Much like other episodes this season, “Arkangel” has been called derivative for its depiction of brain implants that allow one to see through another’s eyes. However, the story takes on a completely different thread as this is all about one mother using the technology to safeguard her infant daughter from everything she deems harmful.
The script goes to length to show how this procedure is harmful to the development of a child. In a way, it can be compared to that old story about kids who don’t leave the house during their first years never develop natural defenses against microorganisms—this, of course, being the plot of the book Everything, Everything, but dialed to eleven, like in Black Mirror. In this case, the daughter is kept away from anything that would cause her stress level to go up and, well, things escalate when she reaches teenagehood.
Once again, this episode doesn’t end in a complete happy ending, but it’s one that can be perceived as relatively hopeful from where you are standing. In the end, if you enjoy a complex familial/mother-daughter relationship/the Black Mirror equivalent to Lady Bird and I, Tonya, then you’re in for a treat with this one.
This episode could be called “1.2 Hours of Black Mirror Easter Eggs”, but I guess the actual title covers it pretty well. It was compared, with merit, to “White Christmas” because it too tells a couple different stories throughout and then closes off with a mind-blowing twist that sews everything together neatly before a deserved ride towards the sunset. It’s hard to talk about this episode without spoiling a lot, but basically, a woman portrayed by Black Panther’s Letitia Wright is on a road trip and stops at the Black Museum, a place where one Rolo Haynes collects objects that are involved with crimes. There, we get told three disturbing tech-related stories related to certain pieces, and if you look closely, you can catch a lot of references to previous episodes — or, if you don’t, then you can just read on one of the several articles out there pointing out every single easter egg.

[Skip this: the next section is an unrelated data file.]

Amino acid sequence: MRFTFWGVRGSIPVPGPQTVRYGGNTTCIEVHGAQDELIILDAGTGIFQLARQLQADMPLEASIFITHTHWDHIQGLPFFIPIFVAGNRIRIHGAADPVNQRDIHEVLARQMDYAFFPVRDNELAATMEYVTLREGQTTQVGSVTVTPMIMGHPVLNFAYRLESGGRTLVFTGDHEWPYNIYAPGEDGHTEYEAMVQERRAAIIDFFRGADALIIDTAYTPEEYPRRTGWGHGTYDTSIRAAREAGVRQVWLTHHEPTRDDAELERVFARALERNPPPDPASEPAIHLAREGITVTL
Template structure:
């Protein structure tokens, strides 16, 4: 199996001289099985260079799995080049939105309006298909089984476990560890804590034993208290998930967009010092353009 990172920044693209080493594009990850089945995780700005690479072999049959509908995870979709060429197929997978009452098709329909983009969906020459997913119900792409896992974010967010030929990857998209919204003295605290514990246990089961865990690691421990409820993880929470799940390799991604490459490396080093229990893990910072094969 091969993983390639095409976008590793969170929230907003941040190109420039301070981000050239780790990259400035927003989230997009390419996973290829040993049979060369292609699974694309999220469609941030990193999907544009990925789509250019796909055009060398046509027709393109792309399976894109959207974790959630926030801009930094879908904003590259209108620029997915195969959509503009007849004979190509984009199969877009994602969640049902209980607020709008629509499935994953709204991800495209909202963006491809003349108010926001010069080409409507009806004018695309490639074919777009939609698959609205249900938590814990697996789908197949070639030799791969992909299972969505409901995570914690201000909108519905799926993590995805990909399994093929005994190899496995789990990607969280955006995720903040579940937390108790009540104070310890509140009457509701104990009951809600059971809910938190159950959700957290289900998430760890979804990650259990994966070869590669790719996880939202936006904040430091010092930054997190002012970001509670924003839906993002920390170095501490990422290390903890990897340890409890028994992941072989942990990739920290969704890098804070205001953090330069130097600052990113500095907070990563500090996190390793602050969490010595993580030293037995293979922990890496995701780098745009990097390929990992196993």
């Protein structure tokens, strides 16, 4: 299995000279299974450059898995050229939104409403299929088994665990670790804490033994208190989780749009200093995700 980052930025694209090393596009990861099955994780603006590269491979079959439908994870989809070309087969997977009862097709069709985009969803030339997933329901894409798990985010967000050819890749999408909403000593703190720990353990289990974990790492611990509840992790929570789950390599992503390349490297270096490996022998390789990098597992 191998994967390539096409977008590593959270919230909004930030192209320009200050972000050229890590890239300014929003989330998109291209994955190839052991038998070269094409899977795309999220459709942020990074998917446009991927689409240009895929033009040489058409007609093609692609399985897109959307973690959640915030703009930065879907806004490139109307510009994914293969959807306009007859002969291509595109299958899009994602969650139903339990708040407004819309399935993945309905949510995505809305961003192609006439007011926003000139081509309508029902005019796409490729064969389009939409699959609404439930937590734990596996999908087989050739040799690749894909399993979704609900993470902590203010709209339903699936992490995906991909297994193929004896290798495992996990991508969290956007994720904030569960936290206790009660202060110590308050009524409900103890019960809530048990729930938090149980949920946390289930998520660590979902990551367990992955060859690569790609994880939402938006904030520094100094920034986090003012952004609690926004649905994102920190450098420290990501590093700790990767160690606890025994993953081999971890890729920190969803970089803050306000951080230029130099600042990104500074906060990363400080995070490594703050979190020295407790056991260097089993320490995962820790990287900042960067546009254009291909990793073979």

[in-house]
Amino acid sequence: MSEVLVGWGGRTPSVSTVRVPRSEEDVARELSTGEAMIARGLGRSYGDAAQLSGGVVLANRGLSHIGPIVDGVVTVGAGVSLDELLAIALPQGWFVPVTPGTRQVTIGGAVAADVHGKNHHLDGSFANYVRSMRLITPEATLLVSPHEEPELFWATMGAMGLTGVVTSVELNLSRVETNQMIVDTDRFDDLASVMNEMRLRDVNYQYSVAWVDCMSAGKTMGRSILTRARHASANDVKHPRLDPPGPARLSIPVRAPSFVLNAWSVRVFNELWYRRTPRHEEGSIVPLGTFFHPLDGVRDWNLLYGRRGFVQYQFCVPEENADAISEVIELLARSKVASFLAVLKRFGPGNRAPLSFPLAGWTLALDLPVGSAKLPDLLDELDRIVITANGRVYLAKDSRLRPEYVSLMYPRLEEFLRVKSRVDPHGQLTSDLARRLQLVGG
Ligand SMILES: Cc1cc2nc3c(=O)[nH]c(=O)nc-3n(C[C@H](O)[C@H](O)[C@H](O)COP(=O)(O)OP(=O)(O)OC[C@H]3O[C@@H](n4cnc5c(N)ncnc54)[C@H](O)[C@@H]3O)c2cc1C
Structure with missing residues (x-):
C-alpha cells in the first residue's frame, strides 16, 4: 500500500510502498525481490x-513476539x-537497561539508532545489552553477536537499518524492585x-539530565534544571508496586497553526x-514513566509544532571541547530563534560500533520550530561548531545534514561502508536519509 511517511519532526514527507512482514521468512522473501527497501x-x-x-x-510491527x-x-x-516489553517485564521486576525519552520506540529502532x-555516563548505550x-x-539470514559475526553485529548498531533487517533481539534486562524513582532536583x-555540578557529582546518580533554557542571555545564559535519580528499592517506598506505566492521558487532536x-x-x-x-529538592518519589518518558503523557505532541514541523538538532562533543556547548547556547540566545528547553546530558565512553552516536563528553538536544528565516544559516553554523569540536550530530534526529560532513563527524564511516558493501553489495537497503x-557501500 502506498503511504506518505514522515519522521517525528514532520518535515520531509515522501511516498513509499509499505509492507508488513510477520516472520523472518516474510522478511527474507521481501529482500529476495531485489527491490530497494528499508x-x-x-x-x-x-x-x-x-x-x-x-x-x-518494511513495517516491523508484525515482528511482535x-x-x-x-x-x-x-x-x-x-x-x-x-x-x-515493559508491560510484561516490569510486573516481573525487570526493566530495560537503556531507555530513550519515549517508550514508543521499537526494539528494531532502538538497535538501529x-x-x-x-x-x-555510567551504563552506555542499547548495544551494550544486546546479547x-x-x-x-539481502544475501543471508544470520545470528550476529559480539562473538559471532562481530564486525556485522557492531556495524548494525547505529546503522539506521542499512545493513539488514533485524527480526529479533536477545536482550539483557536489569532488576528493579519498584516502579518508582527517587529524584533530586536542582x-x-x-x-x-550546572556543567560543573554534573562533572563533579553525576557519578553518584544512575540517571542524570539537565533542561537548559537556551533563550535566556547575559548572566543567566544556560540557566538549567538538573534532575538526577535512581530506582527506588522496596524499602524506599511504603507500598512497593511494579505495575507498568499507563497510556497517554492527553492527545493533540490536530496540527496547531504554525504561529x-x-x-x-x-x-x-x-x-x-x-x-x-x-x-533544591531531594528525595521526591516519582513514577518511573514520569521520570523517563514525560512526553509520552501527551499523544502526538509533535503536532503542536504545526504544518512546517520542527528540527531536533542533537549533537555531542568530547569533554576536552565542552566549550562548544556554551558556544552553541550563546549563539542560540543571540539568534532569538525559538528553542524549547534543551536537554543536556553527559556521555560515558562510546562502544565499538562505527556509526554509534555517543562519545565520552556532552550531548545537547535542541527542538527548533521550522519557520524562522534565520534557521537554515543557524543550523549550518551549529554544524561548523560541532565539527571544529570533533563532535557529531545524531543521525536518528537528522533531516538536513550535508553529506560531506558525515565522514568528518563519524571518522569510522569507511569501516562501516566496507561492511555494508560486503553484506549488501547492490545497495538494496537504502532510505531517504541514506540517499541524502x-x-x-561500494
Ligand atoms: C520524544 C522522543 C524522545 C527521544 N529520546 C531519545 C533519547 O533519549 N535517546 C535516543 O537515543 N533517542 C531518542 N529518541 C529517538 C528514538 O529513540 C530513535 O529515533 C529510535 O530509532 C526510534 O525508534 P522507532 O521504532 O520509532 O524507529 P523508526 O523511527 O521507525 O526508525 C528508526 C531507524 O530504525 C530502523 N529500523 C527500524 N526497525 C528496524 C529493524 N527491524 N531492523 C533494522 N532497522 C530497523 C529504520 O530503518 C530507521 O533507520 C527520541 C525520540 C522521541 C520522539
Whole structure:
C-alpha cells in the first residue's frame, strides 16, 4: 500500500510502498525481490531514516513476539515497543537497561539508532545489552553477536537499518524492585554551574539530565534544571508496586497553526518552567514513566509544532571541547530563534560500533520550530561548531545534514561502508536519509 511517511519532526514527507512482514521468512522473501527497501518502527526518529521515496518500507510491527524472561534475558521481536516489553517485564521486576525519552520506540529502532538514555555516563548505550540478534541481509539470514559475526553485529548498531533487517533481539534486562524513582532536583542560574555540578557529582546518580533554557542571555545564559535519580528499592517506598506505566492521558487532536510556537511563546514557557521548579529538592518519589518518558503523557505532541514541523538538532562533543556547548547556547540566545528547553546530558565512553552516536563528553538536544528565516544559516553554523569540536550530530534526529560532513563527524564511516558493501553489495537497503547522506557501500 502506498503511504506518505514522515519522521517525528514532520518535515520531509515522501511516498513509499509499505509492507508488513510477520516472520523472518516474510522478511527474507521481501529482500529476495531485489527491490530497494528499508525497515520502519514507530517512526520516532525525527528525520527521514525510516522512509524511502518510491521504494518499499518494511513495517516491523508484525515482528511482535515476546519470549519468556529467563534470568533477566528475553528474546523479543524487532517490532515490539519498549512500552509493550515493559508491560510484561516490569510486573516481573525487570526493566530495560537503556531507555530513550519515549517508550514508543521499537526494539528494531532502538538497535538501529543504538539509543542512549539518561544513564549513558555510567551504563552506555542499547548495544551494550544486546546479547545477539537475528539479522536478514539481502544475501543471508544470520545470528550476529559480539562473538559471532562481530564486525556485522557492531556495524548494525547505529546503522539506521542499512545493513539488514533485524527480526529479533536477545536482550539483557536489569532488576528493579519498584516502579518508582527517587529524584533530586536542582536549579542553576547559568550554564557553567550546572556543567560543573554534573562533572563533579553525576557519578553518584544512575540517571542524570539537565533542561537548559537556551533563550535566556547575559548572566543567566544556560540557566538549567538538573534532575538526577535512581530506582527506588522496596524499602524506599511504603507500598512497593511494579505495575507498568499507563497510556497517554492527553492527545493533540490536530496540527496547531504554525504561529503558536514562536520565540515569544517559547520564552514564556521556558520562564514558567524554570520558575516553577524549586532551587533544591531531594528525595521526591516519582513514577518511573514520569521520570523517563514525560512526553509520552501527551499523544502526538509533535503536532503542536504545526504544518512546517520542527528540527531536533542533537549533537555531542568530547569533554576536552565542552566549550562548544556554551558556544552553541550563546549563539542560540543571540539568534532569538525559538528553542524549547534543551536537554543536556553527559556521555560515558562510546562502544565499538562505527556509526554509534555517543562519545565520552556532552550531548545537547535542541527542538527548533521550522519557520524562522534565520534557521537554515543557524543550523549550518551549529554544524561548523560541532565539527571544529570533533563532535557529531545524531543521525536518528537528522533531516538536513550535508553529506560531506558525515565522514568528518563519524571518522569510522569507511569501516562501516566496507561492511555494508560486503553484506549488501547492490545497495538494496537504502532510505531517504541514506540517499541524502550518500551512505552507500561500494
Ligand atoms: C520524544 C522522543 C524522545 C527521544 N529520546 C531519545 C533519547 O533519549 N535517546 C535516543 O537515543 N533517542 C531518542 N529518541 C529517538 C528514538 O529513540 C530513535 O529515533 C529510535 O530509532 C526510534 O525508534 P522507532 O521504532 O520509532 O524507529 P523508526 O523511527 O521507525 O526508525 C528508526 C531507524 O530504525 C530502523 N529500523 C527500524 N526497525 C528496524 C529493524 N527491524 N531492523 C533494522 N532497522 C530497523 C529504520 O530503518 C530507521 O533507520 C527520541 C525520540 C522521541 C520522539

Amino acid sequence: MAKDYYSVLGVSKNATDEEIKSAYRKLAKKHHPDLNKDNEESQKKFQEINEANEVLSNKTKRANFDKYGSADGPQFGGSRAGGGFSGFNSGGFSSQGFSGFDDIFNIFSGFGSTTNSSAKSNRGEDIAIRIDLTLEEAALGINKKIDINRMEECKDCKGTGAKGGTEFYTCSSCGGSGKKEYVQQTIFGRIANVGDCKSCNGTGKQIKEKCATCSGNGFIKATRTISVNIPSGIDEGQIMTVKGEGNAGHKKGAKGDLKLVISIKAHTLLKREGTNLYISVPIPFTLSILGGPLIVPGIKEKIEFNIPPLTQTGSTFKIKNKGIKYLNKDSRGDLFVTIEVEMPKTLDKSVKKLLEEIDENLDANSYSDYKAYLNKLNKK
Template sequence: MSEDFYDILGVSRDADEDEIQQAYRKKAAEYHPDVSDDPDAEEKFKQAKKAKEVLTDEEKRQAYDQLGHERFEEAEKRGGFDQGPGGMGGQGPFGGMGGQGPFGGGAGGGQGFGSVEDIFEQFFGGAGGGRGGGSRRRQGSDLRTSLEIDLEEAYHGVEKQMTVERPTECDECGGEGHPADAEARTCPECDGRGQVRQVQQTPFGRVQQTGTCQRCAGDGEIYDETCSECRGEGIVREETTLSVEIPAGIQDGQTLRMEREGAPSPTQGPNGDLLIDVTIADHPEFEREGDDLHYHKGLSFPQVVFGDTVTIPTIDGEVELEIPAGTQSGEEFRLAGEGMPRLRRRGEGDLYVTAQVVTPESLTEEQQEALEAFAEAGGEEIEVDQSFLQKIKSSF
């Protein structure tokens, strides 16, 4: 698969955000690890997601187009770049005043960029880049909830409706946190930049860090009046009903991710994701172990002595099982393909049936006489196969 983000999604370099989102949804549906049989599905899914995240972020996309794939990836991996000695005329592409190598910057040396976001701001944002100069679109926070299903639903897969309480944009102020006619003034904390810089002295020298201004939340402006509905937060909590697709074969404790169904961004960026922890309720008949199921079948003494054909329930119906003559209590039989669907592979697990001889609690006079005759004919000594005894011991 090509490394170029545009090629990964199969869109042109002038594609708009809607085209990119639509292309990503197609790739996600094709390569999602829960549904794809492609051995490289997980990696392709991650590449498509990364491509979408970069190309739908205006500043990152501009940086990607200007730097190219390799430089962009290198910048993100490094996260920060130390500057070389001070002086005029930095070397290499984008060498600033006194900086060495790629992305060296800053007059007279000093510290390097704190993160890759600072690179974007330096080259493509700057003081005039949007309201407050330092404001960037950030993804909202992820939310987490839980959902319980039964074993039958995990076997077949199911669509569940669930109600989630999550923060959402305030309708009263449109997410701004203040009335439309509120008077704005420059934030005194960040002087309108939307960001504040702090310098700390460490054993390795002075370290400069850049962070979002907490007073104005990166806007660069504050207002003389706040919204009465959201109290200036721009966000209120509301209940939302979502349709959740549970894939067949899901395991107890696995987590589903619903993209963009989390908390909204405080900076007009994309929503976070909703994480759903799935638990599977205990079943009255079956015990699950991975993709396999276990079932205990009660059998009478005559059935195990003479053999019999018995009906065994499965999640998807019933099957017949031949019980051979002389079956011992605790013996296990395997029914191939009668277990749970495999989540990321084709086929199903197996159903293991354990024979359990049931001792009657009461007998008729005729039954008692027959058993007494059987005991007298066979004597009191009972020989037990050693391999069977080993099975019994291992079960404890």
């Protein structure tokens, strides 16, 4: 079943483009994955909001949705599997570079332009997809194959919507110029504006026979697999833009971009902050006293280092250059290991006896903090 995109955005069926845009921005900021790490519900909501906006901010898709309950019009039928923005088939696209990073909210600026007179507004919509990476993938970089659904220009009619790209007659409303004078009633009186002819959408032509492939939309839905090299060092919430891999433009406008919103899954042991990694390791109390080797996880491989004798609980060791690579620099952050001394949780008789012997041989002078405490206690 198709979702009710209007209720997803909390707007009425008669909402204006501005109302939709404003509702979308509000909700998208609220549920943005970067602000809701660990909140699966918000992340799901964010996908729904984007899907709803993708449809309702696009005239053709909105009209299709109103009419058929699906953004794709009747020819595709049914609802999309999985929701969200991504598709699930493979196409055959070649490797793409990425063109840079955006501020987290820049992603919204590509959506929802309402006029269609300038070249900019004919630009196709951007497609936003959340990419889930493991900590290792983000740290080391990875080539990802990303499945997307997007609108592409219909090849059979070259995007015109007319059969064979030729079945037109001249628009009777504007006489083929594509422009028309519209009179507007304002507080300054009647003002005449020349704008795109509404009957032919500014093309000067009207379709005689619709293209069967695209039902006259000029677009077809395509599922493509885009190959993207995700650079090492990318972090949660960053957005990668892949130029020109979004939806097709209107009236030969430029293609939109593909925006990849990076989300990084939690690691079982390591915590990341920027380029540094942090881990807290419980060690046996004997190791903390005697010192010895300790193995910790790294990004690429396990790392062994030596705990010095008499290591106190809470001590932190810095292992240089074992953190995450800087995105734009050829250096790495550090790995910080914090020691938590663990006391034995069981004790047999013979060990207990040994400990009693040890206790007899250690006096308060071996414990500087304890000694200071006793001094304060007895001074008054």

Hang The DJ
Much life it was personally difficult to choose which would come first among “Crocodile”, “Arkangel”, and “Black Museum”, because they were all very efficient in eliciting responses from me, it is really hard to pick between #1 and #2. On one hand you have “Hang The DJ”, the episode that I was least looking forward to for its description, ended up being the first one I watched, and it immediately conquered hearts everywhere; on the other hand, you have the mega production that we’ll be talking about in #1. Both are personal favorites, but in the end, I guess “Hang The DJ” took #2 for being slightly simpler, but still amazing.
So, what is this episode that people have rightfully drawn comparisons to Black Mirror’s own “San Junipero” and the movie The Lobster? The answer is, as described by the creators themselves, it is as close as Black Mirror will get to a romantic comedy.
It focused on a world where one must compulsorily engage in relationships dictated by an app. It is this sort of app called Coach that pairs people up and determines how long they will remain together in a shared house. The episode establishes that this behavior is mandatory and breaking it will ensure punishment and exile to “beyond the walls”, so everyone has the participate. In the end, based on what Coach learns about each person throughout their relationships, it creates soul mate partnerships with 99.8% accuracy.